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Superfood in the Spotlight: Nutrition of Broccoli

At Essential Balance, we are starting a new blog series named: Superfood in the Spotlight.  This will be an occasional series, with each blog discussing the health benefits of choice foods, plus recipes and/or meal ideas. 

We are opening this series with a focus on the nutrition of broccoli!

Broccoli was my favourite vegetable as a child, but only because I would smother it in ranch dressing. Broccoli has always been regarded as one of the healthiest foods. However, over time broccoli has been cast aside and kale has taken the spotlight.

While kale is a very healthy leafy green, it is time broccoli reclaimed its superfood status.

Broccoli is a member of the cruciferous family or cabbage family. It developed from wild cabbage in Europe over 2,000 years ago. It was cultivated by the Romans and later throughout Italy. Now it is grown all over the world. The name broccoli is derived from the Latin term brachium meaning branch or arm. This is quite fitting due to broccoli’s tree-like appearance.

Broccoli comes in many different varieties and colours ranging from sage, dark green or purple. The most popular variety in North America is known as Italian Green or Calabrese, named after Calabria, Italy. Broccoli is not only nutritious, but also versatile. It can be used in everything from soups, stir fries and salads.

Below, we cover top 10 broccoli nutrition benefits and why you should eat more broccoli:

1. Broccoli for Weight Loss

While it is low in calories, broccoli’s higher fibre content makes it quite filling. This is why broccoli is considered to be an excellent “weight loss” food. However, weight loss is about so much more than calories.

When we feel hungry, this is the hormone ghrelin signalling to our body that we require sustenance. However, if we consume something low in fibre, it may not trigger a release in the hormone leptin which signals that we are full.

This is why 100 calories of broccoli reacts quite differently in the body than 100 calories of soda.

It is less about the numbers and more about the biochemistry. Consuming a nutritious fibre-rich food will result in stable blood sugar and therefore less cravings and hunger.

2. Broccoli for Energy and Focus

Broccoli’s ability to keep blood sugar stable is why it is excellent for energy and focus. Digesting a fibre-rich food like broccoli takes times and therefore the carbohydrates (or sugar) will be released more slowly into the blood stream. This will result in a gentle increase in blood sugar – which simply means the amount of sugar (glucose) in the blood. The hormone insulin will then be released triggering the cells to absorb the sugar, where it can be converted into energy we can use.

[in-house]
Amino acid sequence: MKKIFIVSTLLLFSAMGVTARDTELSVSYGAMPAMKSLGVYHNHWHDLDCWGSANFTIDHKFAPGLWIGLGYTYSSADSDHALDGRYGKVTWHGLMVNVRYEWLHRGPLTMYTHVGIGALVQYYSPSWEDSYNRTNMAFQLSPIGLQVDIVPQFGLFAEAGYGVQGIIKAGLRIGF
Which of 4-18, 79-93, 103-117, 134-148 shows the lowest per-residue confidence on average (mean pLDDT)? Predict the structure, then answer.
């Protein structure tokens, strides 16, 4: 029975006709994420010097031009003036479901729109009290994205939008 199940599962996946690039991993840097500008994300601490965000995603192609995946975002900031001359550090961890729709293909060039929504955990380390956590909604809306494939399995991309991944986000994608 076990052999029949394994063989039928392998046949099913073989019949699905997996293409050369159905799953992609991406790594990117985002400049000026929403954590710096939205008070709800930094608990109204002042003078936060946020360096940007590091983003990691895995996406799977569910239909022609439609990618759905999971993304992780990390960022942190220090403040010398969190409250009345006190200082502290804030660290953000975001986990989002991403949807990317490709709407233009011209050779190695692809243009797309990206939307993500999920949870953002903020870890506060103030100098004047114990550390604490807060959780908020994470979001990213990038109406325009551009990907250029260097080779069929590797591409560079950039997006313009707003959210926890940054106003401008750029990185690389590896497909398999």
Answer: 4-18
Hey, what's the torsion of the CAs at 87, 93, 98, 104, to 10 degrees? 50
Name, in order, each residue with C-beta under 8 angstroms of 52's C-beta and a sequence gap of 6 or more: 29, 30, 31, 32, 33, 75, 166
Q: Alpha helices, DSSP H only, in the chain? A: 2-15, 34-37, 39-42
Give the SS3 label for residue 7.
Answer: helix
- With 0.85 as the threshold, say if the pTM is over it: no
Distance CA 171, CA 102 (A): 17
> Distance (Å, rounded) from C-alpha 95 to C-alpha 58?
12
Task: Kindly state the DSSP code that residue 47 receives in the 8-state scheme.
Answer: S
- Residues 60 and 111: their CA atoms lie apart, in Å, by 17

The goal is to have a steady supply of energy that slowly drops off, then we get hungry again and we are ready for our next meal.

However, simple carbohydrates devoid of any fibre, such as soda, will be absorbed more readily by the blood stream, causing a drastic spike in blood sugar. In this situation, insulin will be released, but may overcompensate.  The excess amount of sugar delivered into the cells will either be stored in the liver as glycogen, or in the fat cells. The blood sugar may drop too low causing fatigue, irritability, and sugar cravings. Keeping blood sugar stable is key to improving energy levels, mood and focus. So, if you find yourself hitting that 3PM wall, instead of having coffee, try some broccoli dipped in hummus.

3. Broccoli for Hormonal Balance

In addition to keeping blood sugar balanced, broccoli is also key in balancing hormones. Anytime blood sugar dips too low, the hormone cortisol is released. Cortisol is our long-term stress hormone. Chronically high cortisol has been linked to burn out, anxiety, weight gain, low immunity, and an imbalance of sex hormones.

Keeping blood sugar balanced by consuming fibre-rich foods like broccoli is key to keeping cortisol balanced.

However, broccoli plays a much more important role in hormonal balance. If you have ever overcooked broccoli, you may find that it has the smell of rotting eggs. This is due to the sulfur present in the form of sulforaphane.

Sulforaphane and indole-3-carbinol are nutrients in broccoli that aid in the detoxification of estrogens in the body. While estrogen is a naturally occurring hormone, it must be constantly decommissioned and excreted from the body in order to maintain balance. In order to achieve this, it must be processed by the liver and then excreted through the bowels. High estrogen has been linked to PMS, infertility, fibroids, endometriosis and even some forms of cancer. The fibre content in broccoli also aids in estrogen balance, as slow-moving bowels can cause estrogens to be reabsorbed into the bloodstream.

4. Broccoli for Immunity

Broccoli also contains a wide variety of other immune-boosting antioxidants, such as vitamin A, B6, and E.

One cup of chopped raw broccoli contains 81 mg of vitamin C. By comparison, an orange (100g) has only about 51 mg of Vitamin C.

In order to obtain the full benefits of the vitamin C in broccoli, it should be consumed raw.

Broccoli can be chopped up in a broccoli slaw salad, or you can consume broccoli sprouts, which actually provide a more concentrated source of nutrients than regular broccoli.  A 2008 UCLA study found that the presence of the sulforaphane, as well as other antioxidants in broccoli, can greatly reduce the oxidative stress that contributes to decreased immunity with age.